National Down Syndrome Society Advocates For Stronger Protections Against Healthcare Discrimination

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Michelle Sagan 





Washington, D.C. (May 7, 2024) – Last week, the U.S. Department of Health and Human Services (HHS) released its final rule governing Section 504 of the Rehabilitation Act. The rule addresses issues that the National Down Syndrome Society (NDSS) has been advocating for and marks a significant milestone toward equitable access to healthcare for individuals with Down syndrome and other disabilities.  


Organ Transplant Discrimination Prevention 

The final rule reaffirms that organ transplant discrimination based on disability is a violation of individual rights under Section 504. NDSS applauds HHS for its attention to this issue which, evidenced by a 2019 National Council on Disability report, is systematic and pervasive among the disability community. The final rule provides a solid foundation for the passage of the Charlotte Woodward Organ Transplant Discrimination Prevention Act (H.R. 2706/S. 1183) which would give the Office of Civil Rights (OCR) at HHS the authority and discretion to prioritize life-threatening claims of discrimination against individuals with disabilities in the organ transplant process. NDSS urges the United States Congress to take immediate action to pass Charlotte’s Bill and build off the critical provisions included in the Section 504 final rule.  


Banning Discriminatory Healthcare Metrics 

The final rule also seeks to address the use of discriminatory healthcare metrics that devalue the lives of individuals with disabilities and chronic conditions, such as Quality-Adjusted Life Years (QALYs). NDSS has championed the Protecting Healthcare for All Patients Act (H.R. 485), which would extend the ban on QALYs and similar metrics in Medicare to all federal health programs. Despite concerns raised by Committee Members during discussions about H.R. 485 in the House, the final rule provides reassurance that banning QALYs would not hurt academic research or innovation but encourage academic research to use other, fair measures instead.  Additionally, the rule explains how QALYs affect prescription drug costs and agrees with the Office of Management and Budget that banning QALYs wouldn't stop Medicare from negotiating drug prices. 


While the final rule provides some level of protection against QALYs, NDSS continues to advocate for H.R. 485, which would constitute a complete ban on these metrics across federal health programs.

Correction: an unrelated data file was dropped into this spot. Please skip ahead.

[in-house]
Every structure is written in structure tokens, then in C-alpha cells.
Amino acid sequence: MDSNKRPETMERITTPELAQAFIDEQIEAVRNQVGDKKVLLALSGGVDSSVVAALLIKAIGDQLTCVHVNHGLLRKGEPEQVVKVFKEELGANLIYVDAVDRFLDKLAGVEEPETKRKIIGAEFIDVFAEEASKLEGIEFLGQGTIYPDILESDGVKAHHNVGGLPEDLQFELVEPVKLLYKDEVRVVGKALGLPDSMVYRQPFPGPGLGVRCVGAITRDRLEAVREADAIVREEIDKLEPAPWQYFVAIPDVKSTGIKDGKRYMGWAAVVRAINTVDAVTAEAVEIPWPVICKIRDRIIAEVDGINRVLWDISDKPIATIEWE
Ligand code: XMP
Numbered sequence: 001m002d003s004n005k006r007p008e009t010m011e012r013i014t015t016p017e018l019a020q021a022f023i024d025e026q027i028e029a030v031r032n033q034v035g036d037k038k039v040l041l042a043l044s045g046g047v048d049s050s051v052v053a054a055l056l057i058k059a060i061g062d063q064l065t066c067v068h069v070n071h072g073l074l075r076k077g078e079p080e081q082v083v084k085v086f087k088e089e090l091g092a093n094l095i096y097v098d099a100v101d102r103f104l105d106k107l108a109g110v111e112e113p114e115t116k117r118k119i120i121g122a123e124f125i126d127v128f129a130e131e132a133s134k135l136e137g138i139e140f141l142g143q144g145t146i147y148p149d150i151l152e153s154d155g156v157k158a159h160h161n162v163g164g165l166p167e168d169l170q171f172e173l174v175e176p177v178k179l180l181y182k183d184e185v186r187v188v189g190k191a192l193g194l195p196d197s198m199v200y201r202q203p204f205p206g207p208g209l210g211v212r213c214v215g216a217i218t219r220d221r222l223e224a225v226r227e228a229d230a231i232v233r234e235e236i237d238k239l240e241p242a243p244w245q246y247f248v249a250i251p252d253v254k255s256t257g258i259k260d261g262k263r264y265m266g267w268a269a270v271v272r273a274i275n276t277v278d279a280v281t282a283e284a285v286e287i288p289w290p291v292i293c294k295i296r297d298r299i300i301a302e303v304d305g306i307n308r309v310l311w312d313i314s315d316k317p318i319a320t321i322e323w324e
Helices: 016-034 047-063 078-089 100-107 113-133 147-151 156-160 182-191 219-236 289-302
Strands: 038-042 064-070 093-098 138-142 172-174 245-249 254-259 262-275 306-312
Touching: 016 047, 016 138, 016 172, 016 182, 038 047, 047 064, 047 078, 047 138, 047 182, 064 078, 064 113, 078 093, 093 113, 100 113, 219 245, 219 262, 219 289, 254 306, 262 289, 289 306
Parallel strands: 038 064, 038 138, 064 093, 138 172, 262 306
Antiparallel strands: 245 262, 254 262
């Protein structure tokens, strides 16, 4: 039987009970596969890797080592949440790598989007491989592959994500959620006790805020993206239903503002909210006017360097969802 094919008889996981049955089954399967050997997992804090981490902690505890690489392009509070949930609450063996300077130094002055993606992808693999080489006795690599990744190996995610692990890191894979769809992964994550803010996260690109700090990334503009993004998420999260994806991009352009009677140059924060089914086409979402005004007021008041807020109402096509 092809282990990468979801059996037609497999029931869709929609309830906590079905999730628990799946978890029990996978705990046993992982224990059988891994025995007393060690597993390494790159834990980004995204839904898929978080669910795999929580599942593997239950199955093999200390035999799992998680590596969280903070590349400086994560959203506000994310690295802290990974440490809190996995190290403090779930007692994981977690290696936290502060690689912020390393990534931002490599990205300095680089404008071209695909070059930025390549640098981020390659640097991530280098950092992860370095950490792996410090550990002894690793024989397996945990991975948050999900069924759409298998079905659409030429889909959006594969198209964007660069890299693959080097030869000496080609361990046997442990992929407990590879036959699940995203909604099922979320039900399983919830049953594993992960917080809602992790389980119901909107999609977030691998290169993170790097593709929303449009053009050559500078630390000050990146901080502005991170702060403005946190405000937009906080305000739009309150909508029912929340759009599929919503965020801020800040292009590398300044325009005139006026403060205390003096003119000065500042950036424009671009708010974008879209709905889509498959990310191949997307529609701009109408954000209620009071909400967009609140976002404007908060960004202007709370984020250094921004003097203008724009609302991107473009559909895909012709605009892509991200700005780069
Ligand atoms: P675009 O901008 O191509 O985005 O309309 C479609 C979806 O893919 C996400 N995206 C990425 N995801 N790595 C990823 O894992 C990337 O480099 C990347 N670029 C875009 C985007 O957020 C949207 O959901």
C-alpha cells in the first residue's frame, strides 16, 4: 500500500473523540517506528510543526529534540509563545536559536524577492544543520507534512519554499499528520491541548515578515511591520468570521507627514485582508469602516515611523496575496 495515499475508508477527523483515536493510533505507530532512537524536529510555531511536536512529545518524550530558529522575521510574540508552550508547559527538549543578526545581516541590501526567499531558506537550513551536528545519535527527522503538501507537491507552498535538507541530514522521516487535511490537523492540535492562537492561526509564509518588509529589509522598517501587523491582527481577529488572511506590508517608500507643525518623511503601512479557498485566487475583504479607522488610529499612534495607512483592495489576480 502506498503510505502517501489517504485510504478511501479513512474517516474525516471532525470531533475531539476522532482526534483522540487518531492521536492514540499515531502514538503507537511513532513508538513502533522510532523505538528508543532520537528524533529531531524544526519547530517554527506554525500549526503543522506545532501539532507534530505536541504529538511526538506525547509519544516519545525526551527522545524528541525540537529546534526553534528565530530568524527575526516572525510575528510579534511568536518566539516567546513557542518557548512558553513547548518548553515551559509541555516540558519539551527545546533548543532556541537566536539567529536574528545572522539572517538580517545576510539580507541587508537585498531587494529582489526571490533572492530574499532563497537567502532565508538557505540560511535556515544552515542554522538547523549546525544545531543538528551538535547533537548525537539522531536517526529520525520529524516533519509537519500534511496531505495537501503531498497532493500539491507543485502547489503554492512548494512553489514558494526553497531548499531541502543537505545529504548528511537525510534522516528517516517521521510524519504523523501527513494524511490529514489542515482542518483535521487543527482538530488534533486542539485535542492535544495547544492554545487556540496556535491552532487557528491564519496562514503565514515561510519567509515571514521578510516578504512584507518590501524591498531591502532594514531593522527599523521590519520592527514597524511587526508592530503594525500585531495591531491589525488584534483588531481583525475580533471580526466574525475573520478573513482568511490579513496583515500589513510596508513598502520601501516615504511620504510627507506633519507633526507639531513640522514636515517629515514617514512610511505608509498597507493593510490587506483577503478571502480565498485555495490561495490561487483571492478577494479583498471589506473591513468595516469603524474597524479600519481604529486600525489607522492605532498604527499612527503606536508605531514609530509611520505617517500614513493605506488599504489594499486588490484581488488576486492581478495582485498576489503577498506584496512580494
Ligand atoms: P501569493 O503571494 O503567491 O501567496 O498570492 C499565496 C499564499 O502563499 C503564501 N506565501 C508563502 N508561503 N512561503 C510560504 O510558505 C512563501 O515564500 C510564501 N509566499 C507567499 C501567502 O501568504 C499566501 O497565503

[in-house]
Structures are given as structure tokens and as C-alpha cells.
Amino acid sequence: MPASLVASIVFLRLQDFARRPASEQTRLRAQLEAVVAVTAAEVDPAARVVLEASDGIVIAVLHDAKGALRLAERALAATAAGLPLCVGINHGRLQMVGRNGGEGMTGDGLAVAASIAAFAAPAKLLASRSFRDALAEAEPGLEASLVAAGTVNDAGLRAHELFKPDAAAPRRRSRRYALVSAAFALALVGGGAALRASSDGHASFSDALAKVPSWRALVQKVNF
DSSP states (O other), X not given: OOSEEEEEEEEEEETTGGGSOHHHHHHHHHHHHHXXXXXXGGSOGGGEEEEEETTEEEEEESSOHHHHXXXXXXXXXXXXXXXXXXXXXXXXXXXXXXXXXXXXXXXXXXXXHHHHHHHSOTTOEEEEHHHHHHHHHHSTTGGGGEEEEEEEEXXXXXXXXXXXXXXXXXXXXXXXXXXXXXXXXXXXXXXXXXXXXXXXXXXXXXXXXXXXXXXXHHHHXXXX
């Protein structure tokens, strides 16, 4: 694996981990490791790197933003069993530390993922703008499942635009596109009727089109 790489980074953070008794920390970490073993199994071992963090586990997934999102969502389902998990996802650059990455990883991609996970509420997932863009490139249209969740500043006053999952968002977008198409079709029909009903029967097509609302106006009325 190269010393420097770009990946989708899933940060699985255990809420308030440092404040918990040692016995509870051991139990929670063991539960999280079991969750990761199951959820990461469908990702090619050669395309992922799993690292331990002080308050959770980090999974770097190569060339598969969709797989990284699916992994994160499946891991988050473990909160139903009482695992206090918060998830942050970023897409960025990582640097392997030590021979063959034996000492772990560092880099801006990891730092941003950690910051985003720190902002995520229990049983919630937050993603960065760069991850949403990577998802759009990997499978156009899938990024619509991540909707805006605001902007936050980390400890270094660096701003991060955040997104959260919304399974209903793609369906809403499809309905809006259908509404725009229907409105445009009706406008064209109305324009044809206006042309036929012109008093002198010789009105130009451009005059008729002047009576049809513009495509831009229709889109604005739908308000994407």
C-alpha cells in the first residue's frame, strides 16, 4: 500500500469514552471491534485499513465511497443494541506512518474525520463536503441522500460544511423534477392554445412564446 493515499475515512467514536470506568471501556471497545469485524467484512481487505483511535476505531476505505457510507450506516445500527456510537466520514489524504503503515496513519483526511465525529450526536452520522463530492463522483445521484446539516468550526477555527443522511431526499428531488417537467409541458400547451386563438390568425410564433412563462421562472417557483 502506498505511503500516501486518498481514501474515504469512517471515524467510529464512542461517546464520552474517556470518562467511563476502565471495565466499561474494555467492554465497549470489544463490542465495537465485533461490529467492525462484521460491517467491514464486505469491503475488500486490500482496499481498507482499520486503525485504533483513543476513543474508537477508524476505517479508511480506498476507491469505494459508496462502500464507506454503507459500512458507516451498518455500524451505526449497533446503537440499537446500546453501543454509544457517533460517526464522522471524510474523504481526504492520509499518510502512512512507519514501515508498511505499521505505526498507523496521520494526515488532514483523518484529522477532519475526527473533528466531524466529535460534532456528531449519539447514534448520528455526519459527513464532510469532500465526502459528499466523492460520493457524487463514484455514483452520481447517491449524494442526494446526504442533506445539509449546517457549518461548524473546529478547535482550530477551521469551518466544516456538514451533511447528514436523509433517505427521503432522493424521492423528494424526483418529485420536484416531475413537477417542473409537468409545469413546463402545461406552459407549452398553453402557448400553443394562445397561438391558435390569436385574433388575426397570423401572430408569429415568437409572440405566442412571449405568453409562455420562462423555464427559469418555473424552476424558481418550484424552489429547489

Regarding the final rule in its entirety, "NDSS is pleased to see that individuals with Down syndrome will now have more robust protection against discrimination in the healthcare system” says NDSS President and CEO Kandi Pickard. “This is a critical first step towards achieving a healthcare system that is free from discrimination and we look forward to continuing to work with HHS and members of Congress in pursuit of this goal.”  


NDSS urges Congress to prioritize the passage of H.R. 2706/S. 1183 and H.R. 485. By strengthening protections against healthcare discrimination, we can uphold the dignity and rights of individuals with Down syndrome and other disabilities.  


For more information about NDSS and its advocacy efforts, please visit 




About NDSS 

Founded in 1979, the National Down Syndrome Society (NDSS) empowers individuals with Down syndrome and their families by driving policy change, providing resources, engaging with local communities, and shifting public perceptions. NDSS engages grassroots advocates at the federal, state, and local levels and creates resources to support individuals with Down syndrome, their families, and caregivers across the lifespan on topics including education, employment, health and wellness, and aging. NDSS founded the National Buddy Walk® Program in 1995 and hosts community engagement events throughout the country including the New York City Buddy Walk® and Times Square Video, the NDSS Adult Summit, and the Down Syndrome Advocacy Conference. Visit to learn more.